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Washington Post Looking for Turque Successor

By Adam Pagnucco.

The Washington Post has posted an employment ad seeking a successor to recently departed MoCo beat reporter Bill Turque.  We will have much more to say about Turque soon, but for now, we re-post the ad itself.  (Andrew Metcalf, do you see this?)

*****

The Washington Post’s Metro desk is looking for a reporter to cover government and politics in Montgomery County, Maryland’s largest and perhaps most powerful jurisdiction.

This is a crucial role, as our digital and print readers crave local news. We are looking for a reporter who can provide strong and authoritative coverage of county government and elections, which are unfolding in a new era of term limits and public campaign financing. As the Metro desk continues to try to redefine local news coverage, we are looking for someone who can spot trends in Montgomery and tell readers across the nation why what’s happening in Montgomery has resonance for them. Similarly, the successful candidate will be able to explain how national issues have real-world consequences right here in Montgomery County.

Covering Montgomery County is a great opportunity to write about issues facing 21st-century suburbs, including immigration, the growing importance of mass transit and the challenges posed by aging neighborhoods and infrastructure. It’s also a great place for accountability reporting, with a budget of $5.4 billion and thousands of employees. In addition, there are nearly a million people who live in Montgomery County, and there are human stories to tell.

We are looking for a reporter who can be a collaborative part of our Maryland politics team by helping to cover the upcoming governor’s race and Congressional mid-terms.

If you are interested, please contact Debbi Wilgoren (debbi.wilgoren@washpost.com) Monica Norton (monica.norton@washpost.com), Mike Semel (mike.semel@washpost.com) or Tracy Grant (tracy.grant@washpost.com) no later than Aug. 11.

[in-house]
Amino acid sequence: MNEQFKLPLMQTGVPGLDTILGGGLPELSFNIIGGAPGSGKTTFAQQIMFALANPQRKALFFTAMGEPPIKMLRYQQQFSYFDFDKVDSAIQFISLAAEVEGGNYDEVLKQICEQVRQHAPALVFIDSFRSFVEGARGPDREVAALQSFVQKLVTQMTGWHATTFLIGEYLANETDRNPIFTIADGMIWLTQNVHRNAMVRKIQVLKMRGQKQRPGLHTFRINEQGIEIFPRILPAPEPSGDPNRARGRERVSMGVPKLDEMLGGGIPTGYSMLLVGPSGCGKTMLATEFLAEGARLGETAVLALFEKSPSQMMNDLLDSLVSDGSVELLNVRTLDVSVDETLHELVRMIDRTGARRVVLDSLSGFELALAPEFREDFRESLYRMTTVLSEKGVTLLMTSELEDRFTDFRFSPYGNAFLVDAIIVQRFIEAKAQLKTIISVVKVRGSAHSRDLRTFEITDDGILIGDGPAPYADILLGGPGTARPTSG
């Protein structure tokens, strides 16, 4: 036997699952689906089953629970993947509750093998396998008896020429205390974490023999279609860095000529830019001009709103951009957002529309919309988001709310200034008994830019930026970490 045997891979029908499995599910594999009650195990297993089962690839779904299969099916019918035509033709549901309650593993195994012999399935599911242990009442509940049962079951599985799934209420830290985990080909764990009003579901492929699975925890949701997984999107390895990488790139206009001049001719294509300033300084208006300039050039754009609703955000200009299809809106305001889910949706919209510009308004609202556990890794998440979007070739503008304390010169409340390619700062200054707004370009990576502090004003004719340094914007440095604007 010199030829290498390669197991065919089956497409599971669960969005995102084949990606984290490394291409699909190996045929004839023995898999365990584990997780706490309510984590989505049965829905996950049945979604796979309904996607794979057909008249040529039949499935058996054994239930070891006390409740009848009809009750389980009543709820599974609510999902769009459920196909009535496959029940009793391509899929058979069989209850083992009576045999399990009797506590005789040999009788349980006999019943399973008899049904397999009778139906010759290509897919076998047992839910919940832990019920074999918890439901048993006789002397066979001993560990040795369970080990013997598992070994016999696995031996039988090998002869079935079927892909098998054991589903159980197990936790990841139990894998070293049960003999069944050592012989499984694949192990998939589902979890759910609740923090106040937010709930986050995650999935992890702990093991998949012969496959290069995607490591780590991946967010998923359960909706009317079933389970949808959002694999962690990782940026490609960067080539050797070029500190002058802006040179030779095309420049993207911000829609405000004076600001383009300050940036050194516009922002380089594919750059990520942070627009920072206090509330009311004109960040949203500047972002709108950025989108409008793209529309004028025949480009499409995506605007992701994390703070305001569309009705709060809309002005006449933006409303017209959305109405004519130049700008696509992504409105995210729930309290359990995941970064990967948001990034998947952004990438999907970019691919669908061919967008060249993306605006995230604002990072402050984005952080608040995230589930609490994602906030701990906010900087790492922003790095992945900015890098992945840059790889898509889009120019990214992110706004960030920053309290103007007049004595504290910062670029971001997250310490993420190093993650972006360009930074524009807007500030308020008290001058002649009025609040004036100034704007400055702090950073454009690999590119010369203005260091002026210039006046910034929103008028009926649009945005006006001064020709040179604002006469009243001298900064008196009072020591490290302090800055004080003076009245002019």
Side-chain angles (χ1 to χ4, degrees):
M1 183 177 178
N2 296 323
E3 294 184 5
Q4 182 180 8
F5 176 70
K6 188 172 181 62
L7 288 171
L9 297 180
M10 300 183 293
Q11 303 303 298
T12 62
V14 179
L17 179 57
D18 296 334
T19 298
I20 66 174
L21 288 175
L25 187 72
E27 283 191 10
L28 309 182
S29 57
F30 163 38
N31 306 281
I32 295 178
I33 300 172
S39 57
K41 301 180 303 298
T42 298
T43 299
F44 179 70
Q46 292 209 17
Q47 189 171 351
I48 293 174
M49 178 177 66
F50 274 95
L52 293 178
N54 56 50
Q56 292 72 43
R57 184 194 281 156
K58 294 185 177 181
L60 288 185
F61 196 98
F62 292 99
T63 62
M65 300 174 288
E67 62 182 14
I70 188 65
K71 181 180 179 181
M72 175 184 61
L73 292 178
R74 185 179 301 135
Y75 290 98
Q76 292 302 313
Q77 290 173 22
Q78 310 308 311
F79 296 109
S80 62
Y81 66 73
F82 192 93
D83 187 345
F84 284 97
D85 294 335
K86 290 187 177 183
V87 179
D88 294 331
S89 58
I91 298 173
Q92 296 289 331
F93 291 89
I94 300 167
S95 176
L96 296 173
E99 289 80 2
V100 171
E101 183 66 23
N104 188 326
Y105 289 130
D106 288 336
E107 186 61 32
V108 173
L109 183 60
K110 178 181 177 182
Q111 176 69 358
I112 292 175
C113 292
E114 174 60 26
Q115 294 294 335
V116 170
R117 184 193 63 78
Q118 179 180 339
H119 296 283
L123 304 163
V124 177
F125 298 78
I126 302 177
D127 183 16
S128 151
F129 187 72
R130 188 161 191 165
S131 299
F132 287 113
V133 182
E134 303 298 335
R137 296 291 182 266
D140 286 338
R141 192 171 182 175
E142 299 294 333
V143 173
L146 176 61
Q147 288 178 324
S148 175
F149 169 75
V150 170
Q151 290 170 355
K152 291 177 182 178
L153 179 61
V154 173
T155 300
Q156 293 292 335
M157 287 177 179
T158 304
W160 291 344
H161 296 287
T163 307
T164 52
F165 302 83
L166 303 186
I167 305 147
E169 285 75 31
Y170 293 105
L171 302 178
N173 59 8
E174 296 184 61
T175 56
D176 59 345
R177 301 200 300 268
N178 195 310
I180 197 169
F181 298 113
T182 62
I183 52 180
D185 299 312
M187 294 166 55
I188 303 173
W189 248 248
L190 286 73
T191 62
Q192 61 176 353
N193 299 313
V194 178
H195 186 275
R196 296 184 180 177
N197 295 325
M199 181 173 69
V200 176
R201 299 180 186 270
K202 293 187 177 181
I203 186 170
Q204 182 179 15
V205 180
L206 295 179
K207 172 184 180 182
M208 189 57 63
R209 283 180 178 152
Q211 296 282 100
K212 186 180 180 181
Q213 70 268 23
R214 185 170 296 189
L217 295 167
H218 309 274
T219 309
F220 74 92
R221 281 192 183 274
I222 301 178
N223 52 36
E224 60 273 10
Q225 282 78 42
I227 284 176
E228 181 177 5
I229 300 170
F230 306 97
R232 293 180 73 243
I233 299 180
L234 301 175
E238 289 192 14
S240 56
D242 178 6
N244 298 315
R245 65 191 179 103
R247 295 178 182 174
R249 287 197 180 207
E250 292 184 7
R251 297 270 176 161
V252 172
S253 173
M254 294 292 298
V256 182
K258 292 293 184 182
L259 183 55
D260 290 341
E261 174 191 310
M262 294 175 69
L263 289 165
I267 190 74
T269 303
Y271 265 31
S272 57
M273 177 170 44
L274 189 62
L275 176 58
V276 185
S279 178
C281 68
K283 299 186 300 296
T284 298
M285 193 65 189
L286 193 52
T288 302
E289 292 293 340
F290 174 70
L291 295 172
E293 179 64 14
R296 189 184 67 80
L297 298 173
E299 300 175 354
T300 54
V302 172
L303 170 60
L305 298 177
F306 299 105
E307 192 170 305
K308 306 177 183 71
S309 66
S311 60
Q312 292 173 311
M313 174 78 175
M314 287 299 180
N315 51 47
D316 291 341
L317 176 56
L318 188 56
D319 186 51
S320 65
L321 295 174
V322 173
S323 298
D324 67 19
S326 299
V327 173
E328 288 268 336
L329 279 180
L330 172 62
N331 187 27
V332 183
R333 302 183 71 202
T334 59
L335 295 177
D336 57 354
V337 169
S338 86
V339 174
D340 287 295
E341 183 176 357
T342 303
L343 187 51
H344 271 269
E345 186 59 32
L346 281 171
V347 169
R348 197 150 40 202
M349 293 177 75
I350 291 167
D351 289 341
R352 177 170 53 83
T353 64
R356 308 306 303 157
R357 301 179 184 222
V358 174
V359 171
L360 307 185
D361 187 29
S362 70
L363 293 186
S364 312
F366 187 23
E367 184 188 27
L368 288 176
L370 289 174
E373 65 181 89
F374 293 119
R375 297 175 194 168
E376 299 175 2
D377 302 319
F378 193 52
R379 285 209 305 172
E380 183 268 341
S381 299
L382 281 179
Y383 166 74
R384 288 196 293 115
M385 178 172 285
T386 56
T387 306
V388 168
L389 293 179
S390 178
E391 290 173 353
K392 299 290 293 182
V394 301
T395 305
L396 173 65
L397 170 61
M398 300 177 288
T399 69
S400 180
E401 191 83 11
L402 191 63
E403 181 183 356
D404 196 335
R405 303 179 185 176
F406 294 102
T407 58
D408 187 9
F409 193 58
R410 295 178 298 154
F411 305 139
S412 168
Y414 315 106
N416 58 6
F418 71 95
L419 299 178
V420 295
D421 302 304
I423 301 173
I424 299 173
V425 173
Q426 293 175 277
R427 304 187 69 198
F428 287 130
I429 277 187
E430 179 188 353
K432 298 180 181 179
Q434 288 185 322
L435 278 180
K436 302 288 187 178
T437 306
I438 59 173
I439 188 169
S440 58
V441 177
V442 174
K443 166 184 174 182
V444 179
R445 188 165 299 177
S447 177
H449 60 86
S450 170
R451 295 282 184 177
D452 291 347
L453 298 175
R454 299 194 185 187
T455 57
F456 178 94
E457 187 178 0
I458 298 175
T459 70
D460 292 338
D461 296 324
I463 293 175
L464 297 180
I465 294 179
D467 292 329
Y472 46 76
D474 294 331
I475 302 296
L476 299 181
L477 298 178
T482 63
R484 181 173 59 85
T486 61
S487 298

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WaPo Endorses in MoCo Legislative Races

You can find the full endorsements online:

District 14
House: Kaiser, Luedtke, Zucker

District 15
House: Dumais, Miller, Fraser-Hidalgo

District 16
Senate: Lee
House: Kelly, Frick, Korman

District 17
Senate: Kagan
House: Barve, Platt, Hoffman

District 18
Senate: Madaleno
House: Gutierrez, Waldstreicher, Shetty

District 19
House: Kramer, Cullison, Bardack

District 20
House: Hixson, Unger, Jawando

 

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WaPo Picks Up the Story

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I’m naturally pleased that the Washington Post picked up the story on the controversy over Aisha Braveboy and her lack of support for LGBT rights in the General Assembly, including a lengthy quote from the post on this blog.

At the same time, it’s frustrating that they linked to Del. Braveboy’s defense of her position and missed the actual controversy. Specifically, Del. Braveboy’s story over her change of heart is not credible because the incident that she describes as the “defining moment” in her “evolution” occurred 11 months after the marriage equality referendum in which she claims to have voted yes.

Moreover, now Del. Braveboy is claiming that she really supported marriage equality but just not this bill:

“I look at nearly every bill and I make judgments based on the policy and they way the bill was drafted and written,” Braveboy said Tuesday. “While I may have supported the concept, I didn’t support the bill.”

Odd since she was viewed as a leader of opponents in the House of Delegates and certainly had no interest in passing a pro-marriage bill, or even milder pro-LGBT legislation in earlier sessions. If she “supported the concept,” she hid it well.

So while I am grateful to the Washington Post for giving the issue more coverage, it feels like a swing and a miss.